Monthly Archives: February 2011

Roger Ebert and The Joy of the Bad Review

When I am winding down at night I will, as so many other do, flip through an endless array of channels hoping to find a good movie. HBO, Cinemax, and other basic cable channels will have an array of films playing … Continue reading

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Cinematic Pugilism: The Chaplin v. Keaton Debate

“Yeah, but they’re both great, aren’t they?” –Anonymous friend of mine, whom I guess is right. Gary Cooper v. John Wayne. Bette Davis v. Joan Crawford. Robert DeNiro v. Al Pacino. Adam Sandler v. Jim Carrey. Those battles never existed, … Continue reading

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Five Film Favorites: Charles Bronson

Hollywood first knew Charles Bronson as Charles Buchinsky.  Beginning in 1951, a string of uncredited roles eventually led to memorable turns in a few well known pictures, among them Andre de Toth’s House of Wax (which I’ve had the good … Continue reading

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Shades Of Grey: The Naked City

Arguably film noir‘s most fertile playground, the urban landscape offers limitless potential for dark & dirty deeds. From the dingiest alleyway to the swankiest high rise apartment, the city knows no end to intrigue and scandal. New York City’s rich … Continue reading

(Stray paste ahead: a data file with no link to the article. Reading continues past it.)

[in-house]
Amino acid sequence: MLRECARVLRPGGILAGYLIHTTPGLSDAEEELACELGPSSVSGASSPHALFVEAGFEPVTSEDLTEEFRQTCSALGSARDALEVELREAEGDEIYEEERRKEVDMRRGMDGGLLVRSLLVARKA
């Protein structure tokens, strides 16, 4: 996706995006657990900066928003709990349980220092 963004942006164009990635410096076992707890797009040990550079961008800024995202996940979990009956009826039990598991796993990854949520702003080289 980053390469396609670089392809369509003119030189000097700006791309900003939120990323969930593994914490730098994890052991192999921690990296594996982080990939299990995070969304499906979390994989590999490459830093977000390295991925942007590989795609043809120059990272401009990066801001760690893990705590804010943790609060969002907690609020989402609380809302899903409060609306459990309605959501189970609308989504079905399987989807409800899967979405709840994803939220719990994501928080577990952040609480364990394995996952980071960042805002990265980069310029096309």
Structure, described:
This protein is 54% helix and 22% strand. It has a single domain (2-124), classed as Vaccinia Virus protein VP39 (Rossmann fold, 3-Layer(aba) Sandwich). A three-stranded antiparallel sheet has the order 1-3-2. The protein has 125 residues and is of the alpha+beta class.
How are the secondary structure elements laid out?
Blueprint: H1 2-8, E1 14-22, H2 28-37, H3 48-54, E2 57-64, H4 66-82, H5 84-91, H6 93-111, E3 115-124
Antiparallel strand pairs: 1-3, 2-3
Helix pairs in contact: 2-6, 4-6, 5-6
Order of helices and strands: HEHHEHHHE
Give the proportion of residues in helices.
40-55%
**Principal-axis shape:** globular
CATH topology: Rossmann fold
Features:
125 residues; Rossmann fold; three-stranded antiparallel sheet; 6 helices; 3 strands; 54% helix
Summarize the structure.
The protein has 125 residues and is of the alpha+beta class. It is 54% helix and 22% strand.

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Five Film Favorites: Westerns set in the 20th Century

When I first began writing for the James River Film Journal, the first article I came across was F.T. Rea’s “Five Film Favorites: Westerns.”  Rea’s list spanned from Stagecoach (1939) to Unforgiven (1992) and contained films from the ’40s, ’50s, and … Continue reading

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Shades Of Grey: In A Lonely Place

I was born when she kissed me.  I died when she left me.  I lived a few weeks when she loved me. Nicholas Ray’s film noir IN A LONELY PLACE has the unique distinction of being less about a murder … Continue reading

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What the Oscars Do Well: John Hawkes and Jacki Weaver

Regular readers of this journal will already recognize the futility of railing against the Oscars and how and whom they nominate.  The Oscars will not change, nor are they the necessary guideposts that lead us to great cinema and wonderful artistic performances.  … Continue reading

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